CLEVELAND (WJW) — Some unwanted residents are becoming a nuisance in and around Cleveland’s Public Square.
Nests and possible colonies of rats have settled near the historic location with the rodents running wild across sidewalks and streets, even in broad daylight.
“They’re big, they’re definitely big,” said Keandre McCrary.
A couple of rats even ran behind McCrary during his interview with FOX 8 News.
“I’m not staying by them no, no, no, I can’t be by them,” said McCrary before quickly leaving the area.
Several factors are believed to be causing the sudden influx and activity, starting with a massive construction project right next to Public Square, according to the Cleveland Department of Public Health.
“Whenever you have construction … any kind of banging pounding you’re going to have them scurrying and scattering from their underground dwellings,” said Robert Peterson CDPH Program Manager, Code Enforcement Unit.
The construction is coinciding with much cooler temperatures which typically sends rats seeking food and shelter. Both of which are plentiful at Public Square.
“Tower City is always going to be higher than normal because you have higher foot traffic there, and a lot more restaurants crammed in that general area,” said Peterson, “More garbage and/or people absentmindedly throwing down wrappers and bags.”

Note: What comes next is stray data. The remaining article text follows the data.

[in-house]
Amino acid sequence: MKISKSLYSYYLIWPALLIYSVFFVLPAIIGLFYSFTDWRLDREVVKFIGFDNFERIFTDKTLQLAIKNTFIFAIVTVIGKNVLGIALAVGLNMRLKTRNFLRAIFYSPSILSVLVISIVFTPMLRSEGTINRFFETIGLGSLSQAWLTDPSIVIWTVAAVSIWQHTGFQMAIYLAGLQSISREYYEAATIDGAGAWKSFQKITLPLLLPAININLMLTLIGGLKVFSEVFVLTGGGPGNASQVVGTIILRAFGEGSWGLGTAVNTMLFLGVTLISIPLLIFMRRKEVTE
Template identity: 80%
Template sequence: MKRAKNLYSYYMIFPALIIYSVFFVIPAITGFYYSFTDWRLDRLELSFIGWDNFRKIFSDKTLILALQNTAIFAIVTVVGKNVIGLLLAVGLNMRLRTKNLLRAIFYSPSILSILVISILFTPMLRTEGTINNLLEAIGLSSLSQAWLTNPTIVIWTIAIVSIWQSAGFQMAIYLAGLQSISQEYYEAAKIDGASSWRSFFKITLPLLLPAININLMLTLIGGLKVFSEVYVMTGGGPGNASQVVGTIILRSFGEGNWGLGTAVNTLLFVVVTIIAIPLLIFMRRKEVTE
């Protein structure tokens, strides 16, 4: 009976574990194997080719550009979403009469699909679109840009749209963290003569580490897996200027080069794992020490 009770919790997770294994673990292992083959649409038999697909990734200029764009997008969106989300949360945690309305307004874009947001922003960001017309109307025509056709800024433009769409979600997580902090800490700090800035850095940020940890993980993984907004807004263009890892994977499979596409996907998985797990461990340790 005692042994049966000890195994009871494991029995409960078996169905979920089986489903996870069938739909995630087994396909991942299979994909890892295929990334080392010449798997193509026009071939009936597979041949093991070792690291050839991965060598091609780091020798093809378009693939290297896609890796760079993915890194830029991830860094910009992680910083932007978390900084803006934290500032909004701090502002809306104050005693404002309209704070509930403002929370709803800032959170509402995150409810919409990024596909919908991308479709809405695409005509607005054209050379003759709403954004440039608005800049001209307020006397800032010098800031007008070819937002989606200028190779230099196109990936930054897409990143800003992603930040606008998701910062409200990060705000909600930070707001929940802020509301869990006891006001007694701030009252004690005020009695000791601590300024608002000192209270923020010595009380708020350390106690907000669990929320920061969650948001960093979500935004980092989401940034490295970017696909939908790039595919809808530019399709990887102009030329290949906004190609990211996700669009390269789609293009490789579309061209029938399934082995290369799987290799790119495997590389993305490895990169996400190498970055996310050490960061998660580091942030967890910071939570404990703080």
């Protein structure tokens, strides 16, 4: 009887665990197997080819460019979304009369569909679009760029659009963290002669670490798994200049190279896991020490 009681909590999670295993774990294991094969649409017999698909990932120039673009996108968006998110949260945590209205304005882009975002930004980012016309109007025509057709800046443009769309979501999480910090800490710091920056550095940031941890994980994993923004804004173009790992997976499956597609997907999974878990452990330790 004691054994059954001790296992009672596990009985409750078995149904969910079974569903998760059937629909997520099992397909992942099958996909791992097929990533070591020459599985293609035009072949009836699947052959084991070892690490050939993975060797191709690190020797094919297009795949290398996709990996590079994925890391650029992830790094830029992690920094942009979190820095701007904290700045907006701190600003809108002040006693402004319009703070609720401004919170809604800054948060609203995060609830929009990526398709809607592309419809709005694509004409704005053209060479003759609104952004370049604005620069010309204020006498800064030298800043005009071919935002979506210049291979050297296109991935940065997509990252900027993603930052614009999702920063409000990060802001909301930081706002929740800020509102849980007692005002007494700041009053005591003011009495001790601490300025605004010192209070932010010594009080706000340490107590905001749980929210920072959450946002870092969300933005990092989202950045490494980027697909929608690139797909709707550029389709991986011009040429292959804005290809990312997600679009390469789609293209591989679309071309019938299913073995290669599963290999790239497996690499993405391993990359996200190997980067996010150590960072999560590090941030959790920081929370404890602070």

Even dog waste from people walking dogs around the square’s paths and green spaces can contribute to the issue because rats will eat the waste.
“It’s disgusting! It’s nasty, for real,” said Kairyanna Ford, who was with her friend at Tower City Monday.
The health department is working hard to control the problem, but it’s difficult in Cleveland because of Lake Erie.
“We’re a city that’s situated right on the water, so that’s kind of hard to keep that population down, but between residential baiting, the surveys and sewer baiting we can do what we can,” said Peterson.
They’re asking people to do their part by cleaning up after their pets and themselves.
They say all trash should be thrown into a proper receptacle in the city and into a receptacle with a secured lid at home, while also removing any standing water buckets or small pools.
It’s also imperative to report rat sightings and issues to the health department so they can investigate and take action before the problem escalates.